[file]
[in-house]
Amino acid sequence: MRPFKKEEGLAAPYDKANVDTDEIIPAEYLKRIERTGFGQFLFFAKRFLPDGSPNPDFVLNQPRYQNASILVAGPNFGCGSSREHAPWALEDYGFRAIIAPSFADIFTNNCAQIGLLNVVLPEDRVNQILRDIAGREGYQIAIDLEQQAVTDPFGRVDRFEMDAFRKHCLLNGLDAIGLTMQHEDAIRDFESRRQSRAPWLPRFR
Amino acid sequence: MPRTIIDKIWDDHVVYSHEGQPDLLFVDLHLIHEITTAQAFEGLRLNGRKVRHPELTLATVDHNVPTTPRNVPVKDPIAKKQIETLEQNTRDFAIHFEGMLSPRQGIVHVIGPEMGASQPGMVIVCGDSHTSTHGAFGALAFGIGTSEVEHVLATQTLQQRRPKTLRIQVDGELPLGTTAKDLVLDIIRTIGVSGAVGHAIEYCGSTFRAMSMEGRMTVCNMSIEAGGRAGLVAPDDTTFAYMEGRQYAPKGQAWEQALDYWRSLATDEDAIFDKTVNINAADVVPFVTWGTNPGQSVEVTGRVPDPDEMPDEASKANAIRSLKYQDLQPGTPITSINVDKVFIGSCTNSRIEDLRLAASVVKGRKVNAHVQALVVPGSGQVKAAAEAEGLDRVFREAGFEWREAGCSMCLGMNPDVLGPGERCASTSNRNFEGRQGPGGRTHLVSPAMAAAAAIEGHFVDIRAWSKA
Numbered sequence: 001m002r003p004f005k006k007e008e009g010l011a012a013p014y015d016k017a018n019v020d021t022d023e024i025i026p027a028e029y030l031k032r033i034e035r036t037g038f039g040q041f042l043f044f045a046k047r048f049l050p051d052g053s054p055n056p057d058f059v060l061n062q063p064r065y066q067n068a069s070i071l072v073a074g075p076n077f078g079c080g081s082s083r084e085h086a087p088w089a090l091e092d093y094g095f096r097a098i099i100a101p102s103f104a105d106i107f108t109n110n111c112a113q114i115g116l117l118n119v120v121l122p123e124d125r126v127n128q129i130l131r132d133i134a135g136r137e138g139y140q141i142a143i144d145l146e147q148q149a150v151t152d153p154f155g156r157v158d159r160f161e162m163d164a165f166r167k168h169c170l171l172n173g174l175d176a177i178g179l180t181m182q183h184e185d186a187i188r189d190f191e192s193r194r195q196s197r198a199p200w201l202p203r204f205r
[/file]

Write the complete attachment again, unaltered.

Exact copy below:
[in-house]
Amino acid sequence: MRPFKKEEGLAAPYDKANVDTDEIIPAEYLKRIERTGFGQFLFFAKRFLPDGSPNPDFVLNQPRYQNASILVAGPNFGCGSSREHAPWALEDYGFRAIIAPSFADIFTNNCAQIGLLNVVLPEDRVNQILRDIAGREGYQIAIDLEQQAVTDPFGRVDRFEMDAFRKHCLLNGLDAIGLTMQHEDAIRDFESRRQSRAPWLPRFR
Amino acid sequence: MPRTIIDKIWDDHVVYSHEGQPDLLFVDLHLIHEITTAQAFEGLRLNGRKVRHPELTLATVDHNVPTTPRNVPVKDPIAKKQIETLEQNTRDFAIHFEGMLSPRQGIVHVIGPEMGASQPGMVIVCGDSHTSTHGAFGALAFGIGTSEVEHVLATQTLQQRRPKTLRIQVDGELPLGTTAKDLVLDIIRTIGVSGAVGHAIEYCGSTFRAMSMEGRMTVCNMSIEAGGRAGLVAPDDTTFAYMEGRQYAPKGQAWEQALDYWRSLATDEDAIFDKTVNINAADVVPFVTWGTNPGQSVEVTGRVPDPDEMPDEASKANAIRSLKYQDLQPGTPITSINVDKVFIGSCTNSRIEDLRLAASVVKGRKVNAHVQALVVPGSGQVKAAAEAEGLDRVFREAGFEWREAGCSMCLGMNPDVLGPGERCASTSNRNFEGRQGPGGRTHLVSPAMAAAAAIEGHFVDIRAWSKA
Numbered sequence: 001m002r003p004f005k006k007e008e009g010l011a012a013p014y015d016k017a018n019v020d021t022d023e024i025i026p027a028e029y030l031k032r033i034e035r036t037g038f039g040q041f042l043f044f045a046k047r048f049l050p051d052g053s054p055n056p057d058f059v060l061n062q063p064r065y066q067n068a069s070i071l072v073a074g075p076n077f078g079c080g081s082s083r084e085h086a087p088w089a090l091e092d093y094g095f096r097a098i099i100a101p102s103f104a105d106i107f108t109n110n111c112a113q114i115g116l117l118n119v120v121l122p123e124d125r126v127n128q129i130l131r132d133i134a135g136r137e138g139y140q141i142a143i144d145l146e147q148q149a150v151t152d153p154f155g156r157v158d159r160f161e162m163d164a165f166r167k168h169c170l171l172n173g174l175d176a177i178g179l180t181m182q183h184e185d186a187i188r189d190f191e192s193r194r195q196s197r198a199p200w201l202p203r204f205r